According to the invention there is provided a fuel tank assembly for a motor vehicle. The vehicle is conventionally a school bus having a body, a body floor and a pair of parallel chassis frame rails which support the body. The fuel tank assembly comprises a fuel tank supported between the frame rails under the body floor. Fuel is added to the fuel tank through a filler neck having an inlet on a side of the motor vehicle. The filler neck connects the inlet to the fuel tank. The filler neck passes between the floor of the body and one of the frame rails. In order to assure a high rate of fuel flow the filler neck increases in cross sectional area as it comes closer to the fuel tank and the slope of the neck becomes more horizontal. The cross sectional profile of the neck varies from the inlet to the fuel tank between the vehicle floor body and the frame rails to allow a first increase in sectional area while still fitting between floor and frame rail. The filler neck has a circular cross sectional profile adjacent the inlet, flattens to an oblong cross sectional shape where the neck passes over one of the frame rails and returns to a circular cross sectional shape, of increased diameter, proximate to the fuel tank inlet.

Additional effects, features and advantages will be apparent in the written description that follows.

BRIEF DESCRIPTION OF THE DRAWINGS

The novel features believed characteristic of the invention are set forth in the appended claims. The invention itself however, as well as a preferred mode of use, further objects and advantages thereof, will best be understood by reference to the following detailed description of an illustrative embodiment when read in conjunction with the accompanying drawings, wherein:

FIG. 1 is a perspective view of a bus.

FIG. 2 is a top plan view of a bus chassis incorporating a between the rails fuel tank and its filler neck.

FIGS. 3A and 3B are perspective view of a fuel tank assembly in accord with the present invention.

FIG. 4 is a front section of the fuel tank assembly.

FIG. 5 is a top plan of a portion of the filler neck of the fuel tank assembly of FIG. 4.

FIG. 6 is a cross sectional view taken along section line 66 of FIG. 4.

DETAILED DESCRIPTION OF THE INVENTION

Referring now to the figures and in particular to FIG. 1, a school bus 10, which incorporates a fuel system in accordance with the present invention, is illustrated. Along one side of the bus body 12 of school bus 10, here driver's side 12, a fuel inlet cover 14 is visible. Although fuel inlet cover 14 is illustrated as installed on the driver's side 12 of the vehicle, it is often located on the vehicle's opposite side. Fuel inlet cover 12 may be moved to allow access to a filler neck inlet behind the cover, by which fuel is added to a between the rails (BTR) fuel tank located under the bus body and between the front 86 and rear wheels 90.

The location of a fuel tank system 20 is best illustrated with reference to FIG. 2 which shows fuel tank system 20 as positioned on a vehicle chassis 80. Vehicle chassis 80 is based on two longitudinally aligned, mutually parallel frame rails 81, 82. Frame rails 81, 82 are held in parallel, and chassis 80 stiffened, by a plurality of cross members 83 which are located at mutually spaced locations running from the front to the back of the vehicle. Fuel tank system 20 comprises a fuel tank 24 held in a cradle 22 which is suspended from the outside faces of frame rails 81, 82. Fuel tank 24 is located about midway between the front and the back of chassis 80 and between frame rails 81 and 82. Fuel is added to fuel tank 24 through a filler neck 26 which is disposed between the top of the fuel tank running to the side of the chassis 80 over right hand side frame rail 82.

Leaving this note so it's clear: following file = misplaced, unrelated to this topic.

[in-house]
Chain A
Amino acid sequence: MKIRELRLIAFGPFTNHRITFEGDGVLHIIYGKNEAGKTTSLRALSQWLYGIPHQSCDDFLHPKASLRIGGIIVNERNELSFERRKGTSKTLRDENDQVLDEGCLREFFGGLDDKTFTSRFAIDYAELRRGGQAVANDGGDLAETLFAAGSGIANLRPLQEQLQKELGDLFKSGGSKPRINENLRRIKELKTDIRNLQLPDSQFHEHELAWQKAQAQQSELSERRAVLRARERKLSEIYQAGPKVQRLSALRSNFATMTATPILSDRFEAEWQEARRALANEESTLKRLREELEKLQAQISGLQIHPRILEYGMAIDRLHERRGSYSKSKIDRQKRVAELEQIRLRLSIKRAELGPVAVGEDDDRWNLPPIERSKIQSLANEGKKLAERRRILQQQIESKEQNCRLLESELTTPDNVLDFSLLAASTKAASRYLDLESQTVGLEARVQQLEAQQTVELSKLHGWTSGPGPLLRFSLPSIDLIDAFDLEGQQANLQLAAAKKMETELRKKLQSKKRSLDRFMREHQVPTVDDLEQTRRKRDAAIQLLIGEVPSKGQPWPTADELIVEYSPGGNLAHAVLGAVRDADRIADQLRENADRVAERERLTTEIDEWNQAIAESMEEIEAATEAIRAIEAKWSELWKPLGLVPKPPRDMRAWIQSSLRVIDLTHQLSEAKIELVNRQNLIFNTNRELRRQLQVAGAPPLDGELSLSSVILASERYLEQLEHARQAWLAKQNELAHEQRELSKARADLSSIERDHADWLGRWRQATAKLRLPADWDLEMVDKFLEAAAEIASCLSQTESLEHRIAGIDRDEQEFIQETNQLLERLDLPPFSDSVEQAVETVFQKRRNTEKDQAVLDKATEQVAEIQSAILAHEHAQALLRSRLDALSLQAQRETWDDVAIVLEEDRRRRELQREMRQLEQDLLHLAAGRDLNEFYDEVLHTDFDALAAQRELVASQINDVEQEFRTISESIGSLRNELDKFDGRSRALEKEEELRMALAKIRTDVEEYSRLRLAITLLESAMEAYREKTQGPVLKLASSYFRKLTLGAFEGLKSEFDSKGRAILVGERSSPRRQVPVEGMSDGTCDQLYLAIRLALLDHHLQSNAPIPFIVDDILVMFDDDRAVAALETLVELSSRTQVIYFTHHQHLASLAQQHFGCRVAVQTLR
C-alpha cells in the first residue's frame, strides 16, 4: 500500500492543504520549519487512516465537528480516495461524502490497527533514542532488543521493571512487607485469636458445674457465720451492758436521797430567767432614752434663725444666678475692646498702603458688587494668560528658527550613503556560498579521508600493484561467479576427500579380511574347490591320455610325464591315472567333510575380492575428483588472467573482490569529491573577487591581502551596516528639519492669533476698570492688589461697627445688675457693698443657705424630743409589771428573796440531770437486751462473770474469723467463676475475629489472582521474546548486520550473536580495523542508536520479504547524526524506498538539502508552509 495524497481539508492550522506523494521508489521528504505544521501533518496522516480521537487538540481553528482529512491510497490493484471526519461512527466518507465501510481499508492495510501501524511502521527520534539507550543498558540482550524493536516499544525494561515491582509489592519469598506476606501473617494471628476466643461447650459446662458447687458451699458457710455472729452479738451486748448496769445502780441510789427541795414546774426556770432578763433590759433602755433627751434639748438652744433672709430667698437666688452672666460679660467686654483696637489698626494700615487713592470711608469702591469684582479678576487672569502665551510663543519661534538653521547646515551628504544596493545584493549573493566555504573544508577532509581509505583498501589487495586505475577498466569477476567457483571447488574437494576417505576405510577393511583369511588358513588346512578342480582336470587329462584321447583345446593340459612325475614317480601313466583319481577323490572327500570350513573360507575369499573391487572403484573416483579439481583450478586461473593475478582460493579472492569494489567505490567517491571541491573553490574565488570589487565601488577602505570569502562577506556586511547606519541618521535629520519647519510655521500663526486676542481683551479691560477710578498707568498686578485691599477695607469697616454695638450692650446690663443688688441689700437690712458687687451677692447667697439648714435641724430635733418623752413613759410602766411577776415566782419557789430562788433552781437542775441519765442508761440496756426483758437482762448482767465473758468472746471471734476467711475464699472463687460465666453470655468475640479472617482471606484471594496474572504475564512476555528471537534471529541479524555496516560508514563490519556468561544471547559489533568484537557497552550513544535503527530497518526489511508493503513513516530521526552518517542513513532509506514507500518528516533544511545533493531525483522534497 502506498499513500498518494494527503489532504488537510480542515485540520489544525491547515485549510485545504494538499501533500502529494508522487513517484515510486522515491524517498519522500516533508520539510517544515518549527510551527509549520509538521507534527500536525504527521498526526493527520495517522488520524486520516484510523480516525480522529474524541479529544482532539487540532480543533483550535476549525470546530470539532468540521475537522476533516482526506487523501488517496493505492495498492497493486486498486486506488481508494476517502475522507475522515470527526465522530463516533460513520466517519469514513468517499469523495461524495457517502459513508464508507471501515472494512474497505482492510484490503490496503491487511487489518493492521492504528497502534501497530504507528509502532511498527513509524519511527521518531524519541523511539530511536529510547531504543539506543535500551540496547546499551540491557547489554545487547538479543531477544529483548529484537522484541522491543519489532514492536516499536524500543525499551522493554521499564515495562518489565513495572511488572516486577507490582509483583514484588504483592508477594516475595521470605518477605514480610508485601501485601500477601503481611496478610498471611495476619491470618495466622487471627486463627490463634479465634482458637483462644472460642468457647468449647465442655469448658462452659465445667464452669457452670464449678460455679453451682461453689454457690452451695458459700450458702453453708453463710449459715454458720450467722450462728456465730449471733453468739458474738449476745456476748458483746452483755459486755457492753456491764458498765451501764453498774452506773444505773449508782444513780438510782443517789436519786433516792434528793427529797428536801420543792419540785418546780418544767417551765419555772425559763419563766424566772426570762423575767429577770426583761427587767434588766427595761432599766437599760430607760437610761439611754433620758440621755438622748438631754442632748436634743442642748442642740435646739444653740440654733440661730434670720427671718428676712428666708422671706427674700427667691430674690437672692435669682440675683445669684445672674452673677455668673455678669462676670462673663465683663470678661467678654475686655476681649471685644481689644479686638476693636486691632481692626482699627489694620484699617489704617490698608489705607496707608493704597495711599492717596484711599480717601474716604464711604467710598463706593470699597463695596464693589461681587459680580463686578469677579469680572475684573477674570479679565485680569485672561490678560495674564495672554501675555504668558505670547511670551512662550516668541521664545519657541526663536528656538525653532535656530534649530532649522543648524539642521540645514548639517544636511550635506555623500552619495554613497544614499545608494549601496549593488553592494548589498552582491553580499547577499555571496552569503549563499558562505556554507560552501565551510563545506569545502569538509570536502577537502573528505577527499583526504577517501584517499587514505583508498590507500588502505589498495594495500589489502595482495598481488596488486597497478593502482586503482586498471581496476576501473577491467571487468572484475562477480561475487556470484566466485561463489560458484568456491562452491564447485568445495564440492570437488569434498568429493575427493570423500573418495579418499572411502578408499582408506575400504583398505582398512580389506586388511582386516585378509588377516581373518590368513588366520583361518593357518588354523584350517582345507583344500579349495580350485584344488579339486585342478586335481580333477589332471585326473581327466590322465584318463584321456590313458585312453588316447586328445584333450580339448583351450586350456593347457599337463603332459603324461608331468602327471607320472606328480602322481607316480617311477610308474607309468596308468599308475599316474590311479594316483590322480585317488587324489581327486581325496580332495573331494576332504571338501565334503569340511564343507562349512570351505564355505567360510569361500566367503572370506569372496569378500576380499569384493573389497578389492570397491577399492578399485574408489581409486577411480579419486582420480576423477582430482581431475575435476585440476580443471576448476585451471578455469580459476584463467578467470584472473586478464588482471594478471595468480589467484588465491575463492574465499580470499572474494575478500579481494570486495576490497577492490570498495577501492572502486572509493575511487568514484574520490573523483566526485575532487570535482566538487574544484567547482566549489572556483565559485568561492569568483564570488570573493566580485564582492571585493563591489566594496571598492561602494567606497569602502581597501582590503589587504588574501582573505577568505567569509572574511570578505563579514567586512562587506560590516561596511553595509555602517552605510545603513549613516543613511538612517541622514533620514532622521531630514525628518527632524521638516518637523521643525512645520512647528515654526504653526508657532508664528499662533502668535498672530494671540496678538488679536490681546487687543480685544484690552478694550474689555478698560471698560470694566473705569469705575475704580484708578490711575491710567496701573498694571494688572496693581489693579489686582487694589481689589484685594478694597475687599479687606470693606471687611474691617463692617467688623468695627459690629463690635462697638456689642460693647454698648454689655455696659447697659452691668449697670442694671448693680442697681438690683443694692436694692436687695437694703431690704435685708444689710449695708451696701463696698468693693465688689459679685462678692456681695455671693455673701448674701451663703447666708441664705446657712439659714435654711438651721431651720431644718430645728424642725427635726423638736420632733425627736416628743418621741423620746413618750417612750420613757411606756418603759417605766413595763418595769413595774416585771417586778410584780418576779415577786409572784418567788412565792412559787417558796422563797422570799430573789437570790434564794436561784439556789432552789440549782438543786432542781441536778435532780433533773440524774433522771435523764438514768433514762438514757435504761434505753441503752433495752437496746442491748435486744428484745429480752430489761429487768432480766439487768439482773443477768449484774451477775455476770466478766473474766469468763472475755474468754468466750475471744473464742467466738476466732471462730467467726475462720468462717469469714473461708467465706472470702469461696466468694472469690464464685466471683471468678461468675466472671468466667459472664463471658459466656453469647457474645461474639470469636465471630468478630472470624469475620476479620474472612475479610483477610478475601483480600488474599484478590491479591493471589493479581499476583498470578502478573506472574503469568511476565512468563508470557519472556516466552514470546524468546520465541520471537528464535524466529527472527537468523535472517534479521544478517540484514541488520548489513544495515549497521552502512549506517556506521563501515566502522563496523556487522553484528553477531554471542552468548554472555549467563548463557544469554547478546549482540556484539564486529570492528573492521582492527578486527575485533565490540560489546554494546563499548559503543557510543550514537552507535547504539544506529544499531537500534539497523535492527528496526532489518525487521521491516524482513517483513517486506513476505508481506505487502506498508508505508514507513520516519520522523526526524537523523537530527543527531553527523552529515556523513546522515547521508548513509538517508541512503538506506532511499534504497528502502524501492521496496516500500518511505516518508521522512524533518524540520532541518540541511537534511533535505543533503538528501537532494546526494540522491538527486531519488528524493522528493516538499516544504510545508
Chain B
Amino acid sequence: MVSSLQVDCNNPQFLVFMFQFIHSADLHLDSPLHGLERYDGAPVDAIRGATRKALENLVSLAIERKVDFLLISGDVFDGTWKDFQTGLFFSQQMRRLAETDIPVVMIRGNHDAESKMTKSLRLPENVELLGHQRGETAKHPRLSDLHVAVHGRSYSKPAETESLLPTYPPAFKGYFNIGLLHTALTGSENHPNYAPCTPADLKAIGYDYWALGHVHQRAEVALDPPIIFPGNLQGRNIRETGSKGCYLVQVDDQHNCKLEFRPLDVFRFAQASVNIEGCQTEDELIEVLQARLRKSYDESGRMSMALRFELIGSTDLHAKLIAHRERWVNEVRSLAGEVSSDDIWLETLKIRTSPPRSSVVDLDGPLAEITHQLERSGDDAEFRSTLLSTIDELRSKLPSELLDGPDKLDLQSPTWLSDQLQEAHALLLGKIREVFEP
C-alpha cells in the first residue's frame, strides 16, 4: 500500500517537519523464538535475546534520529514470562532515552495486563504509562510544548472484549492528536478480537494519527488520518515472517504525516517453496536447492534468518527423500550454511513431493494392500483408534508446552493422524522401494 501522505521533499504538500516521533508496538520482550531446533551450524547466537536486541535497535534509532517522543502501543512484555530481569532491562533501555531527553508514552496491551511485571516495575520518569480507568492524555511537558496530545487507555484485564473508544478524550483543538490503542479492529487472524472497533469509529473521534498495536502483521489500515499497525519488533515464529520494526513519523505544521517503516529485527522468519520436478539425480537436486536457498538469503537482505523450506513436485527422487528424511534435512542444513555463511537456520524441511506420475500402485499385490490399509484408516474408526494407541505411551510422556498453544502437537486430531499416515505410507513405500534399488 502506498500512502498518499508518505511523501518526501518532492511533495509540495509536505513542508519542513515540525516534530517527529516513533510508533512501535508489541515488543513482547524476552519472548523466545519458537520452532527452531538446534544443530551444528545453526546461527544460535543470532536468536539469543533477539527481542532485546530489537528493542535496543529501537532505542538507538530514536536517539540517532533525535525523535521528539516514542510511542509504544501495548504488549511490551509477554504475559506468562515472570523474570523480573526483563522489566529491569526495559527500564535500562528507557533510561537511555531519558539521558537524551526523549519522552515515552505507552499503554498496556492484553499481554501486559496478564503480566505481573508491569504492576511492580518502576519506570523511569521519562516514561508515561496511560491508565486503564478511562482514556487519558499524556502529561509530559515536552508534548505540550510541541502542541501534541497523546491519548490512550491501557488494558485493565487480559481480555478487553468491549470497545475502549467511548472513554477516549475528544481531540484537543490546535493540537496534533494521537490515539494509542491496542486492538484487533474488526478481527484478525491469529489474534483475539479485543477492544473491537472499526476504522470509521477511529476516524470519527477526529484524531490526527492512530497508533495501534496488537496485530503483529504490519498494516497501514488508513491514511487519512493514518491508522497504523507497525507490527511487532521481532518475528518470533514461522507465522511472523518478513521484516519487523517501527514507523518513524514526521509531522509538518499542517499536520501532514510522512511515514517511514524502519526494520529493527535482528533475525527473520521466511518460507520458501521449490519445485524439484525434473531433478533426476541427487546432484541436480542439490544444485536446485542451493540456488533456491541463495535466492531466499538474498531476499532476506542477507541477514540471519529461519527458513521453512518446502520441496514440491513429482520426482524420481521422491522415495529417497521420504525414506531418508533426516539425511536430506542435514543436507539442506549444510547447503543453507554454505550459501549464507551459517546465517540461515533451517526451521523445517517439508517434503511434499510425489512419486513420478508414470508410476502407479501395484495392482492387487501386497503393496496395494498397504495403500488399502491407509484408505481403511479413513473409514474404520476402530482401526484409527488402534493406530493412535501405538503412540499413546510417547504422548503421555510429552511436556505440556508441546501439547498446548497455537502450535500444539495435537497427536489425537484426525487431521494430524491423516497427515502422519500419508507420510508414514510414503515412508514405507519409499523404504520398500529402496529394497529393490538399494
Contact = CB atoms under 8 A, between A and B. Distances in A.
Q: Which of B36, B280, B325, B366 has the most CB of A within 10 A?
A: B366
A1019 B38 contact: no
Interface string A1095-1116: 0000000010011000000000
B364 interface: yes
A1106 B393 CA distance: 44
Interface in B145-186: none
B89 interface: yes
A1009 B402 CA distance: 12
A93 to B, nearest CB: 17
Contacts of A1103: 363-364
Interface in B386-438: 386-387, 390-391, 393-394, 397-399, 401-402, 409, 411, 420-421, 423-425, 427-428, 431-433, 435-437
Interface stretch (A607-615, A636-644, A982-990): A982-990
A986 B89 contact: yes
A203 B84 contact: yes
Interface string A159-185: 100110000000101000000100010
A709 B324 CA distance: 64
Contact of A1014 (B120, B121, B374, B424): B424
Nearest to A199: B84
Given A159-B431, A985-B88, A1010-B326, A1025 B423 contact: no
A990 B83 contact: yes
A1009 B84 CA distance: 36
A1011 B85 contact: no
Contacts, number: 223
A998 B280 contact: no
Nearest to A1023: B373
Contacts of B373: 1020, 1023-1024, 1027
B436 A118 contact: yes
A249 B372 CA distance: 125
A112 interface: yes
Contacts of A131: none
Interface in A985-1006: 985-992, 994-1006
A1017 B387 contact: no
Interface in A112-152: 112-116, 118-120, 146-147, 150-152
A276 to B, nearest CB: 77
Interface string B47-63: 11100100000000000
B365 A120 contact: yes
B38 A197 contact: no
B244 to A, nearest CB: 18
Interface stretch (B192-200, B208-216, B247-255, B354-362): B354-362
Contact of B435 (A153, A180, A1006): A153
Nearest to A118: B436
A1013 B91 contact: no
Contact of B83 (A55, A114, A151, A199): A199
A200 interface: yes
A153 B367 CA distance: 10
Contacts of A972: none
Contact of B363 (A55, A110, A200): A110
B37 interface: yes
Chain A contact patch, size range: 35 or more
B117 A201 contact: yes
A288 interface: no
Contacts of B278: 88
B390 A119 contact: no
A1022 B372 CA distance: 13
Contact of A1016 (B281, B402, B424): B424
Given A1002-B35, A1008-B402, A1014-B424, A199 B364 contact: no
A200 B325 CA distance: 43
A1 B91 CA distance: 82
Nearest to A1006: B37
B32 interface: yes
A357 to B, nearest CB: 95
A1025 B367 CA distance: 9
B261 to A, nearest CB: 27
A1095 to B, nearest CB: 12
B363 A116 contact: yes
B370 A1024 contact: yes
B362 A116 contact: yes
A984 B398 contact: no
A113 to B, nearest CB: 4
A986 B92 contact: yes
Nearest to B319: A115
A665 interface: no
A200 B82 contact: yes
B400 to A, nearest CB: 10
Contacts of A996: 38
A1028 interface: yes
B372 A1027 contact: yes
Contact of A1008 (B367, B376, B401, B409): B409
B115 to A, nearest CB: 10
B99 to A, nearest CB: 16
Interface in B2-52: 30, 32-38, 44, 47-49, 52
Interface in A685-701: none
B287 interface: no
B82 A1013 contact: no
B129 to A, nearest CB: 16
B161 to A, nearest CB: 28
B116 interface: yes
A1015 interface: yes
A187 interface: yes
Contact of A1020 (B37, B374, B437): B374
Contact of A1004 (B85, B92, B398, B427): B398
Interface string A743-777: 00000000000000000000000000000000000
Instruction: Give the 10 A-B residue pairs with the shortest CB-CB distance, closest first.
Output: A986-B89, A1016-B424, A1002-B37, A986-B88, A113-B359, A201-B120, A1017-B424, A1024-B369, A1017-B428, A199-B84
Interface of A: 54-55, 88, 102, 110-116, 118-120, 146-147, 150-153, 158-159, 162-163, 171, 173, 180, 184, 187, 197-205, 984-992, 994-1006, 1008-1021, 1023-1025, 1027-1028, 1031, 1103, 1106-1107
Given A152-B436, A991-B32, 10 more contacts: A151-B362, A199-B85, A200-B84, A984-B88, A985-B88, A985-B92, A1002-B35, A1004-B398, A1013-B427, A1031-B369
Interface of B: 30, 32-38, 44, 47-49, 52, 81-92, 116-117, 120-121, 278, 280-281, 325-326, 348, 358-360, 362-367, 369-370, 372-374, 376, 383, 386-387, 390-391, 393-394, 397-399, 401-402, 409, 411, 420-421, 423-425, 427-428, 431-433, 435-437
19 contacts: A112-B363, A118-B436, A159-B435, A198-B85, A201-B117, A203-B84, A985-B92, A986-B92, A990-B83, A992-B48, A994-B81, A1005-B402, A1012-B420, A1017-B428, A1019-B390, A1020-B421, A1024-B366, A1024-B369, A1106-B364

Referring now to FIGS. 3A and 3B, the manner of supporting fuel tank 24 using cradle 22 and the routing of filler neck 26 from a side of the vehicle body to the fuel tank is more completely illustrated. In FIG. 3B all features other than filler neck 26 and a protective shield 46 are shown in phantom to allow complete illustration of the filler neck. Cradle 22 comprises a plurality of slats 30 which run from side to side of the chassis 80, under frame rails 81, 82 and which support fuel tank 24 from underneath the fuel tank between the frame rails and which position the fuel tank at least partly at the level of the frame rails. The details of construction of cradle 22 are not important to understanding the invention and are in any event conventional. At least a pair of braces 34 depend from each of the outside faces of frame rails 81, 82, extending below the frame rails and carrying longitudinal supports 32 which are parallel to and below their respective frame rails. Slats 30 are connected between longitudinal supports 32. The bottom surface of fuel tank 24 may be indented to conform to the shape of slats 30. At least a pair of steal bands 36 are mounted around fuel tank 24, connecting at opposite ends to one of slats 30 using an appropriate, adjustable connector 38.